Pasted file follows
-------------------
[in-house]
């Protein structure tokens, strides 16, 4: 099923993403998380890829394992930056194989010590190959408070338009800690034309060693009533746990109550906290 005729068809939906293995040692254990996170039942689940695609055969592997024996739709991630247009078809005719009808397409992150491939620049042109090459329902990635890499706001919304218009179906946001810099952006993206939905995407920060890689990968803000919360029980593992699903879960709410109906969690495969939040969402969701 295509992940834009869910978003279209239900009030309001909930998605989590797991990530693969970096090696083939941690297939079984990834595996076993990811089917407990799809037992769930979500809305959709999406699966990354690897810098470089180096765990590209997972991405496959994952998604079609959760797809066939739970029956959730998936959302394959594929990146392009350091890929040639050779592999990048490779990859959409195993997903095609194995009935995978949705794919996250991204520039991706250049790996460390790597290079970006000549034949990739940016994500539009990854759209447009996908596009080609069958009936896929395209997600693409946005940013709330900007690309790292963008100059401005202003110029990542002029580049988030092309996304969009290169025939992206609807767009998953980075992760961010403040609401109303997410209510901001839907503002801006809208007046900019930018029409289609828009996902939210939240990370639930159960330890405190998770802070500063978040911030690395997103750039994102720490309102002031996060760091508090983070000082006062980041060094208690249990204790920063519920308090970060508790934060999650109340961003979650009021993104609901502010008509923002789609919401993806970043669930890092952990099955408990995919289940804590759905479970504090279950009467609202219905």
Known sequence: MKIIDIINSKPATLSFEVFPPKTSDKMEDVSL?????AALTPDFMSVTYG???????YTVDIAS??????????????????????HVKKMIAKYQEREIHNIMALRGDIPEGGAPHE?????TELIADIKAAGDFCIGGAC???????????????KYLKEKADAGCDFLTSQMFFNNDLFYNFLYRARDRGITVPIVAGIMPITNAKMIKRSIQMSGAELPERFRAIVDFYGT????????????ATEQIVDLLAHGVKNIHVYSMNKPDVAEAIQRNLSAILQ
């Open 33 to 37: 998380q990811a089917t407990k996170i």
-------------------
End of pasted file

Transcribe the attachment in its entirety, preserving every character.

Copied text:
[in-house]
């Protein structure tokens, strides 16, 4: 099923993403998380890829394992930056194989010590190959408070338009800690034309060693009533746990109550906290 005729068809939906293995040692254990996170039942689940695609055969592997024996739709991630247009078809005719009808397409992150491939620049042109090459329902990635890499706001919304218009179906946001810099952006993206939905995407920060890689990968803000919360029980593992699903879960709410109906969690495969939040969402969701 295509992940834009869910978003279209239900009030309001909930998605989590797991990530693969970096090696083939941690297939079984990834595996076993990811089917407990799809037992769930979500809305959709999406699966990354690897810098470089180096765990590209997972991405496959994952998604079609959760797809066939739970029956959730998936959302394959594929990146392009350091890929040639050779592999990048490779990859959409195993997903095609194995009935995978949705794919996250991204520039991706250049790996460390790597290079970006000549034949990739940016994500539009990854759209447009996908596009080609069958009936896929395209997600693409946005940013709330900007690309790292963008100059401005202003110029990542002029580049988030092309996304969009290169025939992206609807767009998953980075992760961010403040609401109303997410209510901001839907503002801006809208007046900019930018029409289609828009996902939210939240990370639930159960330890405190998770802070500063978040911030690395997103750039994102720490309102002031996060760091508090983070000082006062980041060094208690249990204790920063519920308090970060508790934060999650109340961003979650009021993104609901502010008509923002789609919401993806970043669930890092952990099955408990995919289940804590759905479970504090279950009467609202219905």
Known sequence: MKIIDIINSKPATLSFEVFPPKTSDKMEDVSL?????AALTPDFMSVTYG???????YTVDIAS??????????????????????HVKKMIAKYQEREIHNIMALRGDIPEGGAPHE?????TELIADIKAAGDFCIGGAC???????????????KYLKEKADAGCDFLTSQMFFNNDLFYNFLYRARDRGITVPIVAGIMPITNAKMIKRSIQMSGAELPERFRAIVDFYGT????????????ATEQIVDLLAHGVKNIHVYSMNKPDVAEAIQRNLSAILQ
């Open 33 to 37: 998380q990811a089917t407990k996170i």